I have a bounded set $E$ of real numbers. I'm in the process of showing that there is a set $G$ that is a countable intersection of open sets $G_i$ such that $E\subseteq G$ and $E,G$ have the same outer measure.

What I have so far: I know that outer measure is invariant under unions of disjoint sets, so I am characterizing $E$ as a union of open intervals, closed intervals, half-open intervals, and unions of countably many singletons as well as unions of collections of uncountably many singletons.

Open intervals of $E$ can be replaced by $G_i$ for some $i$. Closed intervals of $E$, say $[a,b]$ can be written as $\bigcap _{i=1}^\infty (a-\frac{1}{i},b+\frac{1}{i})$, half-open intervals $[a, b)$ can be written as $\bigcap _{i=1}^\infty(a-\frac{1}{i},b)$ and a similar statement can be made for half-open intervals of the form (a,b].

I'm stuck on the singletons since I have to make sure I use only countably many sets. Any suggestions? I know that the outer measure of a collection of uncountably many points is equal the measure of the smallest open interval containing the points, but I'm having the hardest time given a point determining whether I want it to belong to a countable or uncountable set.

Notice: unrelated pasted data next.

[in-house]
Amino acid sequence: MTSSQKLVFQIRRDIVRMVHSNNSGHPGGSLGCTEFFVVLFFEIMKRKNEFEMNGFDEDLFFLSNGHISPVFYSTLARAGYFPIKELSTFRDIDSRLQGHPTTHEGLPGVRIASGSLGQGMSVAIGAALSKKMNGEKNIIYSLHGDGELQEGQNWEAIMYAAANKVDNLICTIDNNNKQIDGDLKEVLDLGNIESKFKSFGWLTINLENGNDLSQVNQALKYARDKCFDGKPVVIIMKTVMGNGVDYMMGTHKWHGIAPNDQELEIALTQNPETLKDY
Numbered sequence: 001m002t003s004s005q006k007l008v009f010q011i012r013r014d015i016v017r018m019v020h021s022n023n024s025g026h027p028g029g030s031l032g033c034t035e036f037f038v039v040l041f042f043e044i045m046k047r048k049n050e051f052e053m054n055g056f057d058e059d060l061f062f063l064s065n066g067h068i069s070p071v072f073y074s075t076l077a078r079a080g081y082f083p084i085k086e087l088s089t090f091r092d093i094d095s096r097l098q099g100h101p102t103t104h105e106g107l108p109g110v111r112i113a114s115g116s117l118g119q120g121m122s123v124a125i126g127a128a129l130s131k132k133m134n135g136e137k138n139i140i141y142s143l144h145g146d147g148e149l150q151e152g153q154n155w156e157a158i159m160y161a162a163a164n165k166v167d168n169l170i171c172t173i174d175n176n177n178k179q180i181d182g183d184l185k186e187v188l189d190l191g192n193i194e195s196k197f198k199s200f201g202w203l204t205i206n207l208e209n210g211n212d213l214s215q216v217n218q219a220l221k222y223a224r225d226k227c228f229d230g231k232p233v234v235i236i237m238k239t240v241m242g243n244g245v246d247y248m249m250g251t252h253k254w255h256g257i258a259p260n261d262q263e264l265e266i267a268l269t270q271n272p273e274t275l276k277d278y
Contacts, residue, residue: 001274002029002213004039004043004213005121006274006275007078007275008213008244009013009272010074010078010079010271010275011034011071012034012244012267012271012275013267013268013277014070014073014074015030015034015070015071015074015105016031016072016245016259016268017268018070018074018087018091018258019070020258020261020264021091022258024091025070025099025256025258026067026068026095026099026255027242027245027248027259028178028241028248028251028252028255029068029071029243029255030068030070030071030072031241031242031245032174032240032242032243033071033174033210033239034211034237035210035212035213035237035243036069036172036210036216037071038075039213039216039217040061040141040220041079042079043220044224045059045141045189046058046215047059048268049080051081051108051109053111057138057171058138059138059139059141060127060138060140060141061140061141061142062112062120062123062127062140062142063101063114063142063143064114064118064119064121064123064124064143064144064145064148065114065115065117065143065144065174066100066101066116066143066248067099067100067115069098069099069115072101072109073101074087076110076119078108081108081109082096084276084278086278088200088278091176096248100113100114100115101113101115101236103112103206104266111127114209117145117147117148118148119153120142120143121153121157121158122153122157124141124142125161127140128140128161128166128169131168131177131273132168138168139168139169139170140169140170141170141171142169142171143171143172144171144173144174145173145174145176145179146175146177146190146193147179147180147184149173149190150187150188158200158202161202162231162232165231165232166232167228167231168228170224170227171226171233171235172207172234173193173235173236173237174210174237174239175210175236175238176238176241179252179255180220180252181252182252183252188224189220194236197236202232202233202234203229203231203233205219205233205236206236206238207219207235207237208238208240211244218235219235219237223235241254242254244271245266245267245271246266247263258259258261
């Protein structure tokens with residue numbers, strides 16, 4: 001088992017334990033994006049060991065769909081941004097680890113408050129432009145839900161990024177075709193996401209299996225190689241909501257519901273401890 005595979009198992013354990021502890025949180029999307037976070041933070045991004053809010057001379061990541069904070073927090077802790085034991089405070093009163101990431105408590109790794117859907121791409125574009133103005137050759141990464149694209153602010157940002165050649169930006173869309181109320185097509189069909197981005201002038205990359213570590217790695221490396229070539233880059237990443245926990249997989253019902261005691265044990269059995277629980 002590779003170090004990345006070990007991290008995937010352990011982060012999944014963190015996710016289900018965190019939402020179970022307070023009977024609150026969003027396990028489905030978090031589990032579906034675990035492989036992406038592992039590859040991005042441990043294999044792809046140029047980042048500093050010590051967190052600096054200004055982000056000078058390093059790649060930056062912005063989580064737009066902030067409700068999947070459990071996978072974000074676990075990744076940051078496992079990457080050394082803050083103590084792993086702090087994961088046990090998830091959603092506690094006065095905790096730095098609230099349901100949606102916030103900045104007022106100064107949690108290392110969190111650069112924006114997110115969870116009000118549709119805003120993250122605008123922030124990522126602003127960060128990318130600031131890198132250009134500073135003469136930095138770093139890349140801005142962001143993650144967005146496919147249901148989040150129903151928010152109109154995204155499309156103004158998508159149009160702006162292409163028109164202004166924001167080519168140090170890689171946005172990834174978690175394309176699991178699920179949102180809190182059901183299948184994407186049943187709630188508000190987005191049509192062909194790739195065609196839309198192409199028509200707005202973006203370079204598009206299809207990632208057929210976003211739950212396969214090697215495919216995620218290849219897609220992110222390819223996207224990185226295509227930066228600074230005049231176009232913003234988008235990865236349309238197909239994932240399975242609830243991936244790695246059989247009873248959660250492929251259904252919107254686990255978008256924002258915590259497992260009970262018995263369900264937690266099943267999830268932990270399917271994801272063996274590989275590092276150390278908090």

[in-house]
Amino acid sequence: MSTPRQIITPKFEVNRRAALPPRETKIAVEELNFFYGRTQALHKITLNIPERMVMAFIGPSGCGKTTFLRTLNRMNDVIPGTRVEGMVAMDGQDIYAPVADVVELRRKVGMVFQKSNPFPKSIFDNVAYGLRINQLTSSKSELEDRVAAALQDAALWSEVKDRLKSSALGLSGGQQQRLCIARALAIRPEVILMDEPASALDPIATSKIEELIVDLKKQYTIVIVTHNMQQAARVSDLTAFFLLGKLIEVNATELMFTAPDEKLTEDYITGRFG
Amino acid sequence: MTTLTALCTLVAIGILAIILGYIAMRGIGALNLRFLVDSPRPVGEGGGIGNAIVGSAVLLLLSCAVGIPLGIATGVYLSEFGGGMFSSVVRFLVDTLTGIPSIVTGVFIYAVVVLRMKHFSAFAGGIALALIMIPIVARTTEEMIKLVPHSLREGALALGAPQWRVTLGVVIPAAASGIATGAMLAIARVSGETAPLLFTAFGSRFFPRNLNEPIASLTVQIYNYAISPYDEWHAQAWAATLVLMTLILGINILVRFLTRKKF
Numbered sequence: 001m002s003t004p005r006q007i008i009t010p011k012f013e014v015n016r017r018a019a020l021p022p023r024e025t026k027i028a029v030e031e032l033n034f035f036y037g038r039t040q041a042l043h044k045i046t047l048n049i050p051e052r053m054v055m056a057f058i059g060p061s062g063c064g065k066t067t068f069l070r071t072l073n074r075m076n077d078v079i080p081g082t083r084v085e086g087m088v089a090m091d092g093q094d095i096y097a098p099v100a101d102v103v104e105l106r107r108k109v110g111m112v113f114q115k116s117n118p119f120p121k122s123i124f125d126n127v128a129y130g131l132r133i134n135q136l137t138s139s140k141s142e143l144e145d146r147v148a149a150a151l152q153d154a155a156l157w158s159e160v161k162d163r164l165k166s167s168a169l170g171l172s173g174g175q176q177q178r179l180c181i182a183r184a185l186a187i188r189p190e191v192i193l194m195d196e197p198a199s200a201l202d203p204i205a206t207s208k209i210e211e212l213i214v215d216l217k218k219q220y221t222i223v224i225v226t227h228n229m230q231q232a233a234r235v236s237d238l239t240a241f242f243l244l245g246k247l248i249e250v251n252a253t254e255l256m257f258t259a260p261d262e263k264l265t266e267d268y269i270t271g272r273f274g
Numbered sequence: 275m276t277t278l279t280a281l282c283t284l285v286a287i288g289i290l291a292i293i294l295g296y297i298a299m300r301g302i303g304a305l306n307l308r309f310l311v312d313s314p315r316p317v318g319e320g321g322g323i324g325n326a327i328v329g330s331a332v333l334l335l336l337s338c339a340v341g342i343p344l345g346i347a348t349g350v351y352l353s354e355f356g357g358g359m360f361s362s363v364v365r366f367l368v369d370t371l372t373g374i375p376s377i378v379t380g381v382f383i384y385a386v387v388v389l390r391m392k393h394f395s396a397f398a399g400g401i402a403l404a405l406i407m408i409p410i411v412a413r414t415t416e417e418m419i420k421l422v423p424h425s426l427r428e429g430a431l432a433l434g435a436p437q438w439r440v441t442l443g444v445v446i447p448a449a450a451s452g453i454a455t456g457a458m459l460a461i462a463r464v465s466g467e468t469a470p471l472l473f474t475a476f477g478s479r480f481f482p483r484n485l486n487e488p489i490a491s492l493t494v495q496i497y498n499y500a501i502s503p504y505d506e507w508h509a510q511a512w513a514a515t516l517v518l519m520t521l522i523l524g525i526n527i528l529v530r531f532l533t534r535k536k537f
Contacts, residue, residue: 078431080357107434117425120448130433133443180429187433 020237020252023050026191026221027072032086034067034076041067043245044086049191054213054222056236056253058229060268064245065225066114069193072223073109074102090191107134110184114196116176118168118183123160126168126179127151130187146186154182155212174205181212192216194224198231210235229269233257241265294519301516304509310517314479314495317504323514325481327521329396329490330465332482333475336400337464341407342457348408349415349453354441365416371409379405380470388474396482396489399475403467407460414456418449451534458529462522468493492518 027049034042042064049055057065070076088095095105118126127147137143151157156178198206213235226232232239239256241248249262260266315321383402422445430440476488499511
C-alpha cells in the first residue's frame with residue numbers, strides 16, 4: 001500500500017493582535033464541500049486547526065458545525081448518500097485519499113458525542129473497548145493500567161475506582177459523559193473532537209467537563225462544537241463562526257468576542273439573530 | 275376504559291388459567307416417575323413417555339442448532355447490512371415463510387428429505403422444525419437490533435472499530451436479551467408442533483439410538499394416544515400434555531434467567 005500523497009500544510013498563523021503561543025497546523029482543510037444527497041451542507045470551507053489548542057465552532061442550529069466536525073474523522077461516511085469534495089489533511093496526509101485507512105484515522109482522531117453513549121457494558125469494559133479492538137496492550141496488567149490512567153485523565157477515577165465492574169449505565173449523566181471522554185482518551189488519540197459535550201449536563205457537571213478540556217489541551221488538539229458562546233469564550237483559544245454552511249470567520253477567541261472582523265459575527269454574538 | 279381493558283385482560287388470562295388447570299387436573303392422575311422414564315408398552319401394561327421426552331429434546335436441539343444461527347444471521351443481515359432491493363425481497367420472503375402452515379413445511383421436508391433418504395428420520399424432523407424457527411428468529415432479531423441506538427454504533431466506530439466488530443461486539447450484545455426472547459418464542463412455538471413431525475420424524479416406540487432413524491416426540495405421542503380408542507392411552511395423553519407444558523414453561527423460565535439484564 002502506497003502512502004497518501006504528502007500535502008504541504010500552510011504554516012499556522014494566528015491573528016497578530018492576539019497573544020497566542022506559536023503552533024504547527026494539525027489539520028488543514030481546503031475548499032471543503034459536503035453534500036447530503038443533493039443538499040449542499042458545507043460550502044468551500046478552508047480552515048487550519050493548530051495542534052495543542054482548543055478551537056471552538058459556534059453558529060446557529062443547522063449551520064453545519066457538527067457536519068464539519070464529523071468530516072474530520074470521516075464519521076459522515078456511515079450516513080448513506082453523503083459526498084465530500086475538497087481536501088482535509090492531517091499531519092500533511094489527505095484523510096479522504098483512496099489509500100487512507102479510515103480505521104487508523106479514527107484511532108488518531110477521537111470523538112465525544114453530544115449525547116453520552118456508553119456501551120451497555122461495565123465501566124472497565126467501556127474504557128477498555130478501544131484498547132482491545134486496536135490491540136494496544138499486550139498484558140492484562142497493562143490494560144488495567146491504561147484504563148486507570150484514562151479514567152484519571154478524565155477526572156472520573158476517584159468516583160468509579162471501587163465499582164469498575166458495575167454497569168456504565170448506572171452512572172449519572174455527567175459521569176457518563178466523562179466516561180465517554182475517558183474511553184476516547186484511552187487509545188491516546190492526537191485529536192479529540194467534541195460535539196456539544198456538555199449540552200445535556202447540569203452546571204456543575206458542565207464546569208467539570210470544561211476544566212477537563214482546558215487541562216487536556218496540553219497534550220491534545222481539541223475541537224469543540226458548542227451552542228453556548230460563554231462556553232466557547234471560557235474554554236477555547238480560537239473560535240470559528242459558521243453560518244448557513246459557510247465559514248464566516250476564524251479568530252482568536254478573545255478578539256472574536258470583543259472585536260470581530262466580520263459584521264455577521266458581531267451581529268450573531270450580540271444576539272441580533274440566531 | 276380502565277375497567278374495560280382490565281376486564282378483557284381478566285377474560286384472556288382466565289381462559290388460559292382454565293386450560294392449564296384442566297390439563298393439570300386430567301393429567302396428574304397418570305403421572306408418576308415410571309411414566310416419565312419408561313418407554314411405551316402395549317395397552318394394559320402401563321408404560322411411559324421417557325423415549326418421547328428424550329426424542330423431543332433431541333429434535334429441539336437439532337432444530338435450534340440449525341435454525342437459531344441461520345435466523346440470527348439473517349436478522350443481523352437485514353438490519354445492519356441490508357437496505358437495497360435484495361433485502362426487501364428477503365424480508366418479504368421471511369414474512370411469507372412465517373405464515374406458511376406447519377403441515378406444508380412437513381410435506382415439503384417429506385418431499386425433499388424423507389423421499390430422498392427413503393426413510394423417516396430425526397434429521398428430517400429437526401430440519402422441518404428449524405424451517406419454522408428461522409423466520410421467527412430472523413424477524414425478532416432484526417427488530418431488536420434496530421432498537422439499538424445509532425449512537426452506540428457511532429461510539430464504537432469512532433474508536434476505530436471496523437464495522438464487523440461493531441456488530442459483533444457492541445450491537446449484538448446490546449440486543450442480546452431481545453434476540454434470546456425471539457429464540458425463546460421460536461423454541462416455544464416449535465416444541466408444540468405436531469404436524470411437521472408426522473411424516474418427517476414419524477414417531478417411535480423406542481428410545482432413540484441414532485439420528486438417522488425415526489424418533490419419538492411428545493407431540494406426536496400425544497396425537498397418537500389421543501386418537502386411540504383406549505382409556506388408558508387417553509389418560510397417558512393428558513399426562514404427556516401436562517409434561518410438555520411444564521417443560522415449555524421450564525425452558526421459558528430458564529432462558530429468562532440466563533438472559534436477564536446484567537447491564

• $\begingroup$ How do you know this characterization of $E$? I don't think it true even for Borel sets. $\endgroup$ – Davide Giraudo Aug 8 '12 at 11:13
  • $\begingroup$ @DavideGiraudo The last ingredient in the proposed characterization, "unions of collections of uncountably many singletons", seems to cover all uncountable sets, whether they're Borel or not. $\endgroup$ – Andreas Blass Jun 3 '13 at 13:54

Since $A$ is bounded, its outer measure is finite, since $$\inf\left\{\sum_{j=1}^{+\infty}\lambda(I_j),A\subset\bigcup_{j=1}^{+\infty}I_j\right\}$$ is finite.

Therefore, for each integer $n$, we can find an open set $G_n$ containing $A$ such that $\lambda(G_n)-\lambda^*(A)\leqslant \frac 1{2^n}.$ Let $G:=\bigcap_{n\geqslant 1}G_n$. We can assume WLOG that $\{G_n\}$ is decreasing. Then $$\lambda(G)=\lim_{n\to +\infty}\lambda(G_n)\leqslant \lambda^*(A).$$ Since $\lambda^*(A)\leqslant \lambda(G_n)$ for all $n$, we have that $\lambda^*(A)=\lambda(G)$.

  • $\begingroup$ Thank you, this is much better than what I was doing. $\endgroup$ – The Substitute Aug 8 '12 at 12:10

Your Answer

By clicking “Post Your Answer”, you agree to our terms of service, privacy policy and cookie policy

Not the answer you're looking for? Browse other questions tagged or ask your own question.